A measure of prices that is closely tracked by the Federal Reserve rose 5.8% last year, the sharpest increase since 1982, as brisk consumer spending collided with snarled supply chains to raise the costs of food, furniture, appliances and other goods.
U.S. economic activity "downshifted" in July and August due to rising concerns about COVID's delta variant, as well as supply chain problems and labor shortages, the Federal Reserve's latest survey of the nation's business conditions revealed.
The Federal Reserve foresees the economy accelerating quickly this year yet still expects to keep its benchmark interest rate pinned near zero through 2023, despite concerns in financial markets about potentially higher inflation.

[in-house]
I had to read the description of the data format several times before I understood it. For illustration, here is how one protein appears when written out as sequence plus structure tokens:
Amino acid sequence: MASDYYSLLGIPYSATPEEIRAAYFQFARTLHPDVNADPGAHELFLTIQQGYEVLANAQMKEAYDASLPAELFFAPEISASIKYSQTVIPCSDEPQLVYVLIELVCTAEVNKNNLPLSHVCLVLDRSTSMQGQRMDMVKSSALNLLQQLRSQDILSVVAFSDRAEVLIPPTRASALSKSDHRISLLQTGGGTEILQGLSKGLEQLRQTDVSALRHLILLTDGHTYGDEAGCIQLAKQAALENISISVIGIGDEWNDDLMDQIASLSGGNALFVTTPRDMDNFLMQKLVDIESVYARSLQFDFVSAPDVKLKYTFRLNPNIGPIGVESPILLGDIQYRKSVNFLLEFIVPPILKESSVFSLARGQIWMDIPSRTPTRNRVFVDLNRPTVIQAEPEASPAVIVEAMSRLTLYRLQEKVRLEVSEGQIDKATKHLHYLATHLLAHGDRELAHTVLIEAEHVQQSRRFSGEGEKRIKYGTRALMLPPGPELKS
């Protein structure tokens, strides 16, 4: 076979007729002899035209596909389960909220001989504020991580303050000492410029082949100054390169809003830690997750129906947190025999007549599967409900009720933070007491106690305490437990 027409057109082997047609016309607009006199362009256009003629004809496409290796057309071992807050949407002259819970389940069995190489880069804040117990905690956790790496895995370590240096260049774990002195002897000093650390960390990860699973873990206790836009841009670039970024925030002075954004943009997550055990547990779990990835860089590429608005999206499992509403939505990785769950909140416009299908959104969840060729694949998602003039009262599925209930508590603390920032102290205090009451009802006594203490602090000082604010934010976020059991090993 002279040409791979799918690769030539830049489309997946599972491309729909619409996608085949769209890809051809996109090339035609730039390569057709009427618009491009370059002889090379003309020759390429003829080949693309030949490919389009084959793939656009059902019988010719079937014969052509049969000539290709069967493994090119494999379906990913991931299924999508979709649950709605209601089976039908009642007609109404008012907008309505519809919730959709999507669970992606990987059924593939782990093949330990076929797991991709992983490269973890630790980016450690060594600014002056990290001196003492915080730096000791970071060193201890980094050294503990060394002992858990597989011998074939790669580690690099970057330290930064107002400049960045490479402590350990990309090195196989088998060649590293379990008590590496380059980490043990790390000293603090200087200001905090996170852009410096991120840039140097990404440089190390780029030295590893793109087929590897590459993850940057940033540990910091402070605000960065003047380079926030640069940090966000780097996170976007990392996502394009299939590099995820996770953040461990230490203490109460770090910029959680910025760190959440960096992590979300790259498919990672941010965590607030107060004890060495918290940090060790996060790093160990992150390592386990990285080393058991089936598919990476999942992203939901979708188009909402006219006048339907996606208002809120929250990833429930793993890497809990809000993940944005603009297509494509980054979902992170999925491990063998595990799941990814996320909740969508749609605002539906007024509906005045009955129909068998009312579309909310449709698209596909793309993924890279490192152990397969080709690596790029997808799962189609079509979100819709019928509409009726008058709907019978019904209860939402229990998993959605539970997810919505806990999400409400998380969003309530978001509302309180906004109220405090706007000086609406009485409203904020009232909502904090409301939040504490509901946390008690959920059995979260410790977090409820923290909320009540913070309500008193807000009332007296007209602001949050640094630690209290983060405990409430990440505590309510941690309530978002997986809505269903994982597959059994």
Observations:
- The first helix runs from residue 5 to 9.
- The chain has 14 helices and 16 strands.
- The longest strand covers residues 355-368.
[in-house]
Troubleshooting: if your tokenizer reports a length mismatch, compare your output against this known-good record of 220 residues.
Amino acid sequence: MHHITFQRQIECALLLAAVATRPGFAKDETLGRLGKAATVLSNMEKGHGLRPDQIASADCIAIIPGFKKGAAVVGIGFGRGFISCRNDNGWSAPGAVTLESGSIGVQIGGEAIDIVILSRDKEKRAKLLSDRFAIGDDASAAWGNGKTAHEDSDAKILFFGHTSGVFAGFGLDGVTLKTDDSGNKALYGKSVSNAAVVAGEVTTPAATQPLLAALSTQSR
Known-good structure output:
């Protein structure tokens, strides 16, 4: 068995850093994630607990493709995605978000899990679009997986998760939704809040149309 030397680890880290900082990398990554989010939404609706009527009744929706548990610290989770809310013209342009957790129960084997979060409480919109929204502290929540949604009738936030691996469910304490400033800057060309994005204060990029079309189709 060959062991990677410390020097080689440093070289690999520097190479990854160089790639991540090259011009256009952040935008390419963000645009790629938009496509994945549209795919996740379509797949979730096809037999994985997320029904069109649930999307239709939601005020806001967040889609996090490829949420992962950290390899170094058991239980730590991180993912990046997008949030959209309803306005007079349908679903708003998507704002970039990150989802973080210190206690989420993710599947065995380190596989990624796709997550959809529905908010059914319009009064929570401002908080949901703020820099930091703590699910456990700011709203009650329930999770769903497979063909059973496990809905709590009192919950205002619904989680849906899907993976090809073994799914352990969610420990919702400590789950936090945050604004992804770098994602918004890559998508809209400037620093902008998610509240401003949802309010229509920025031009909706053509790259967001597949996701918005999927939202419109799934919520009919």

The Federal Reserve took note of the U.S.'s resilient economy on Wednesday by raising the country's benchmark interest rate for the second time this year and signaling that it may accelerate its pace of rate increases.
The Federal Reserve is all but sure to leave interest rates unchanged this week, although steady economic growth and inflationary pressures are likely to keep the Fed on a path toward further rate hikes later this year.
Federal Reserve Chair Janet Yellen told Congress on Wednesday that the Fed is carefully watching a recent slowdown in inflation and that, if it persists, it could lead the central bank to rethink its plans on rate hikes.